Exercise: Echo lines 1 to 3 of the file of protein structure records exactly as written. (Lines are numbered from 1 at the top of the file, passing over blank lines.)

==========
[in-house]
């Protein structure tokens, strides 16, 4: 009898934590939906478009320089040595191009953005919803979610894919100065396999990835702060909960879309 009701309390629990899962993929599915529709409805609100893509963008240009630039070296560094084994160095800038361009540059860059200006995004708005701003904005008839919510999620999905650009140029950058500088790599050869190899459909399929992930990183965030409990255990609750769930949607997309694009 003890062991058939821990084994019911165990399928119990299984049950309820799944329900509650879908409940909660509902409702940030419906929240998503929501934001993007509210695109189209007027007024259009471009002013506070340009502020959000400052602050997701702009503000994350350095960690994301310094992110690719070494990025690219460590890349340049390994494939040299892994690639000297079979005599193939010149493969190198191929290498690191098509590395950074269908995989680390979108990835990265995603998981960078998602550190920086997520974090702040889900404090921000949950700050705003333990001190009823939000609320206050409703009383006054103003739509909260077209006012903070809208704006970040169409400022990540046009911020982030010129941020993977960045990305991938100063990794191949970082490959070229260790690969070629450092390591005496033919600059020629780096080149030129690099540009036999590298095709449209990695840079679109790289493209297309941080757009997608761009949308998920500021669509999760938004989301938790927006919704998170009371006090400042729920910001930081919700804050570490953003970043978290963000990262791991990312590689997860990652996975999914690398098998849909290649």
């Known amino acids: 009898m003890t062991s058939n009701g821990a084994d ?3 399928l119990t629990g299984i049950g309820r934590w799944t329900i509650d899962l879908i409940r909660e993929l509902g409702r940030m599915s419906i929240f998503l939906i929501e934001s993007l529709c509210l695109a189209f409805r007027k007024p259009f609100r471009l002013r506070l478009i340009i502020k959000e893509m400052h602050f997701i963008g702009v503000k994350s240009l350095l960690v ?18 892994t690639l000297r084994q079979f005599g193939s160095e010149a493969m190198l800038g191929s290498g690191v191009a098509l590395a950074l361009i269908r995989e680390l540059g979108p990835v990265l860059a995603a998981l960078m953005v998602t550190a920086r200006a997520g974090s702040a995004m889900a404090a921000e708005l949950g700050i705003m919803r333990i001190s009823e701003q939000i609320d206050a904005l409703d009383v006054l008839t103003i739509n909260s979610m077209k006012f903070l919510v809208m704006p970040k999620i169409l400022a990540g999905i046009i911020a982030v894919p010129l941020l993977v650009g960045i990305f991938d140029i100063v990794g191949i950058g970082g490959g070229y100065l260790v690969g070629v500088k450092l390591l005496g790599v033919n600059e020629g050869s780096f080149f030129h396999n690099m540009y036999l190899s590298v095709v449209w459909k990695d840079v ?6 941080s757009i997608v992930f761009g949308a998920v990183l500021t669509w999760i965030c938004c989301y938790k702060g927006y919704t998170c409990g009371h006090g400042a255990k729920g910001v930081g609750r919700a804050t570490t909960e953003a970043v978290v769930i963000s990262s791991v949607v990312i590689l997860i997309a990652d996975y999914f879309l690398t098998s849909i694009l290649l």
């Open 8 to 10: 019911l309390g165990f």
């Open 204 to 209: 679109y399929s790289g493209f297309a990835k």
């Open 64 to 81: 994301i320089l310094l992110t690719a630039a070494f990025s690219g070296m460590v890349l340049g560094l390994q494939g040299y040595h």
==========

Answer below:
[in-house]
């Protein structure tokens, strides 16, 4: 009898934590939906478009320089040595191009953005919803979610894919100065396999990835702060909960879309 009701309390629990899962993929599915529709409805609100893509963008240009630039070296560094084994160095800038361009540059860059200006995004708005701003904005008839919510999620999905650009140029950058500088790599050869190899459909399929992930990183965030409990255990609750769930949607997309694009 003890062991058939821990084994019911165990399928119990299984049950309820799944329900509650879908409940909660509902409702940030419906929240998503929501934001993007509210695109189209007027007024259009471009002013506070340009502020959000400052602050997701702009503000994350350095960690994301310094992110690719070494990025690219460590890349340049390994494939040299892994690639000297079979005599193939010149493969190198191929290498690191098509590395950074269908995989680390979108990835990265995603998981960078998602550190920086997520974090702040889900404090921000949950700050705003333990001190009823939000609320206050409703009383006054103003739509909260077209006012903070809208704006970040169409400022990540046009911020982030010129941020993977960045990305991938100063990794191949970082490959070229260790690969070629450092390591005496033919600059020629780096080149030129690099540009036999590298095709449209990695840079679109790289493209297309941080757009997608761009949308998920500021669509999760938004989301938790927006919704998170009371006090400042729920910001930081919700804050570490953003970043978290963000990262791991990312590689997860990652996975999914690398098998849909290649």
């Known amino acids: 009898m003890t062991s058939n009701g821990a084994d ?3 399928l119990t629990g299984i049950g309820r934590w799944t329900i509650d899962l879908i409940r909660e993929l509902g409702r940030m599915s419906i929240f998503l939906i929501e934001s993007l529709c509210l695109a189209f409805r007027k007024p259009f609100r471009l002013r506070l478009i340009i502020k959000e893509m400052h602050f997701i963008g702009v503000k994350s240009l350095l960690v ?18 892994t690639l000297r084994q079979f005599g193939s160095e010149a493969m190198l800038g191929s290498g690191v191009a098509l590395a950074l361009i269908r995989e680390l540059g979108p990835v990265l860059a995603a998981l960078m953005v998602t550190a920086r200006a997520g974090s702040a995004m889900a404090a921000e708005l949950g700050i705003m919803r333990i001190s009823e701003q939000i609320d206050a904005l409703d009383v006054l008839t103003i739509n909260s979610m077209k006012f903070l919510v809208m704006p970040k999620i169409l400022a990540g999905i046009i911020a982030v894919p010129l941020l993977v650009g960045i990305f991938d140029i100063v990794g191949i950058g970082g490959g070229y100065l260790v690969g070629v500088k450092l390591l005496g790599v033919n600059e020629g050869s780096f080149f030129h396999n690099m540009y036999l190899s590298v095709v449209w459909k990695d840079v ?6 941080s757009i997608v992930f761009g949308a998920v990183l500021t669509w999760i965030c938004c989301y938790k702060g927006y919704t998170c409990g009371h006090g400042a255990k729920g910001v930081g609750r919700a804050t570490t909960e953003a970043v978290v769930i963000s990262s791991v949607v990312i590689l997860i997309a990652d996975y999914f879309l690398t098998s849909i694009l290649l």